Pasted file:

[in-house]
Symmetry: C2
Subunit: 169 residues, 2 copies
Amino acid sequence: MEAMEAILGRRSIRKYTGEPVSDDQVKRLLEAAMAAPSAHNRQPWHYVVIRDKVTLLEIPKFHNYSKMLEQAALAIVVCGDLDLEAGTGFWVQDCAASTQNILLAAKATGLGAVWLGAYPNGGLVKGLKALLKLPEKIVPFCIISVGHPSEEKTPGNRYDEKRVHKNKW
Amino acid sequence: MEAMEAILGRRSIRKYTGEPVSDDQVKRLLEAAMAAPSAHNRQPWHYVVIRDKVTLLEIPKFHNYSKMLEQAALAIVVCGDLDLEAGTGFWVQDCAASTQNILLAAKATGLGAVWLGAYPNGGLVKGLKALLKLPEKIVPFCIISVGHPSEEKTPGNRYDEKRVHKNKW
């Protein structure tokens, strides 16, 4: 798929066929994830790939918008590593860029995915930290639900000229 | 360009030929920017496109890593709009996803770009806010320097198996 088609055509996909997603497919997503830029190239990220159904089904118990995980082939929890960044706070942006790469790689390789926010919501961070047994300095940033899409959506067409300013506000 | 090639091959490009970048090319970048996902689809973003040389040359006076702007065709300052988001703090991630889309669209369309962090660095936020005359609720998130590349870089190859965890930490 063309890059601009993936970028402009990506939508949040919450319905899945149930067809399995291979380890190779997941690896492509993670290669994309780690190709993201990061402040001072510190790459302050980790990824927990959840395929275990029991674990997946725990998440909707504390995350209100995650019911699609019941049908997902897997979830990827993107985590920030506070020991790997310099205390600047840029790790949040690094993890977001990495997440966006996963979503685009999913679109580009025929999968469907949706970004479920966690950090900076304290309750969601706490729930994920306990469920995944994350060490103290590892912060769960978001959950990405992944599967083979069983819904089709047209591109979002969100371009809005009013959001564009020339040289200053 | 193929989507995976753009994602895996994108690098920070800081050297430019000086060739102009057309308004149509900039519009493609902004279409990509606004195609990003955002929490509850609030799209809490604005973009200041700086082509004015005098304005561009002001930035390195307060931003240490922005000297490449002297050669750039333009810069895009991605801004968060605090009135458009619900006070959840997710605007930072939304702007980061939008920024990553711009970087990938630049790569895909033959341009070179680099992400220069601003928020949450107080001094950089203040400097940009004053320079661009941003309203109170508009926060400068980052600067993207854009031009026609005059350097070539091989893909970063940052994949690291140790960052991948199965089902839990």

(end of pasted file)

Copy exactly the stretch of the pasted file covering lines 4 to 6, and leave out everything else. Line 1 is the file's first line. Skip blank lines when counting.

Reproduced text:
Amino acid sequence: MEAMEAILGRRSIRKYTGEPVSDDQVKRLLEAAMAAPSAHNRQPWHYVVIRDKVTLLEIPKFHNYSKMLEQAALAIVVCGDLDLEAGTGFWVQDCAASTQNILLAAKATGLGAVWLGAYPNGGLVKGLKALLKLPEKIVPFCIISVGHPSEEKTPGNRYDEKRVHKNKW
Amino acid sequence: MEAMEAILGRRSIRKYTGEPVSDDQVKRLLEAAMAAPSAHNRQPWHYVVIRDKVTLLEIPKFHNYSKMLEQAALAIVVCGDLDLEAGTGFWVQDCAASTQNILLAAKATGLGAVWLGAYPNGGLVKGLKALLKLPEKIVPFCIISVGHPSEEKTPGNRYDEKRVHKNKW
């Protein structure tokens, strides 16, 4: 798929066929994830790939918008590593860029995915930290639900000229 | 360009030929920017496109890593709009996803770009806010320097198996 088609055509996909997603497919997503830029190239990220159904089904118990995980082939929890960044706070942006790469790689390789926010919501961070047994300095940033899409959506067409300013506000 | 090639091959490009970048090319970048996902689809973003040389040359006076702007065709300052988001703090991630889309669209369309962090660095936020005359609720998130590349870089190859965890930490 063309890059601009993936970028402009990506939508949040919450319905899945149930067809399995291979380890190779997941690896492509993670290669994309780690190709993201990061402040001072510190790459302050980790990824927990959840395929275990029991674990997946725990998440909707504390995350209100995650019911699609019941049908997902897997979830990827993107985590920030506070020991790997310099205390600047840029790790949040690094993890977001990495997440966006996963979503685009999913679109580009025929999968469907949706970004479920966690950090900076304290309750969601706490729930994920306990469920995944994350060490103290590892912060769960978001959950990405992944599967083979069983819904089709047209591109979002969100371009809005009013959001564009020339040289200053 | 193929989507995976753009994602895996994108690098920070800081050297430019000086060739102009057309308004149509900039519009493609902004279409990509606004195609990003955002929490509850609030799209809490604005973009200041700086082509004015005098304005561009002001930035390195307060931003240490922005000297490449002297050669750039333009810069895009991605801004968060605090009135458009619900006070959840997710605007930072939304702007980061939008920024990553711009970087990938630049790569895909033959341009070179680099992400220069601003928020949450107080001094950089203040400097940009004053320079661009941003309203109170508009926060400068980052600067993207854009031009026609005059350097070539091989893909970063940052994949690291140790960052991948199965089902839990």